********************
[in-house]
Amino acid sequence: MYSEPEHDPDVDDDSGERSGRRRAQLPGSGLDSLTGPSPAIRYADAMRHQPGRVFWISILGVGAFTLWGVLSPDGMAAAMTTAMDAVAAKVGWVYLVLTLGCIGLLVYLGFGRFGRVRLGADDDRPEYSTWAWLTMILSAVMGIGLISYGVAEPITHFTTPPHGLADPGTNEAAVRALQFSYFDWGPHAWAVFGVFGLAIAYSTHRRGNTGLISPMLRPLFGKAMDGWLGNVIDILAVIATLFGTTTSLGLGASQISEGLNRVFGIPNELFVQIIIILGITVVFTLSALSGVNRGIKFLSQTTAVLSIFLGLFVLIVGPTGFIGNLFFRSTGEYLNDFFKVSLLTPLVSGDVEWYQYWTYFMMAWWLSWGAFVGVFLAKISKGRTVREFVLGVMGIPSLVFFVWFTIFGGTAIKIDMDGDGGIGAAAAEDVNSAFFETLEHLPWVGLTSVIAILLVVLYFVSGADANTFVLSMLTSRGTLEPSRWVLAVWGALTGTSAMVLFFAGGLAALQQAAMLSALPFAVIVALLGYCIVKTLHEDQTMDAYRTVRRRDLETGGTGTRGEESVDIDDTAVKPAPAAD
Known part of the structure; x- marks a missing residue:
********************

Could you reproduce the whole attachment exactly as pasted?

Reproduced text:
[in-house]
Amino acid sequence: MYSEPEHDPDVDDDSGERSGRRRAQLPGSGLDSLTGPSPAIRYADAMRHQPGRVFWISILGVGAFTLWGVLSPDGMAAAMTTAMDAVAAKVGWVYLVLTLGCIGLLVYLGFGRFGRVRLGADDDRPEYSTWAWLTMILSAVMGIGLISYGVAEPITHFTTPPHGLADPGTNEAAVRALQFSYFDWGPHAWAVFGVFGLAIAYSTHRRGNTGLISPMLRPLFGKAMDGWLGNVIDILAVIATLFGTTTSLGLGASQISEGLNRVFGIPNELFVQIIIILGITVVFTLSALSGVNRGIKFLSQTTAVLSIFLGLFVLIVGPTGFIGNLFFRSTGEYLNDFFKVSLLTPLVSGDVEWYQYWTYFMMAWWLSWGAFVGVFLAKISKGRTVREFVLGVMGIPSLVFFVWFTIFGGTAIKIDMDGDGGIGAAAAEDVNSAFFETLEHLPWVGLTSVIAILLVVLYFVSGADANTFVLSMLTSRGTLEPSRWVLAVWGALTGTSAMVLFFAGGLAALQQAAMLSALPFAVIVALLGYCIVKTLHEDQTMDAYRTVRRRDLETGGTGTRGEESVDIDDTAVKPAPAAD
Known part of the structure; x- marks a missing residue: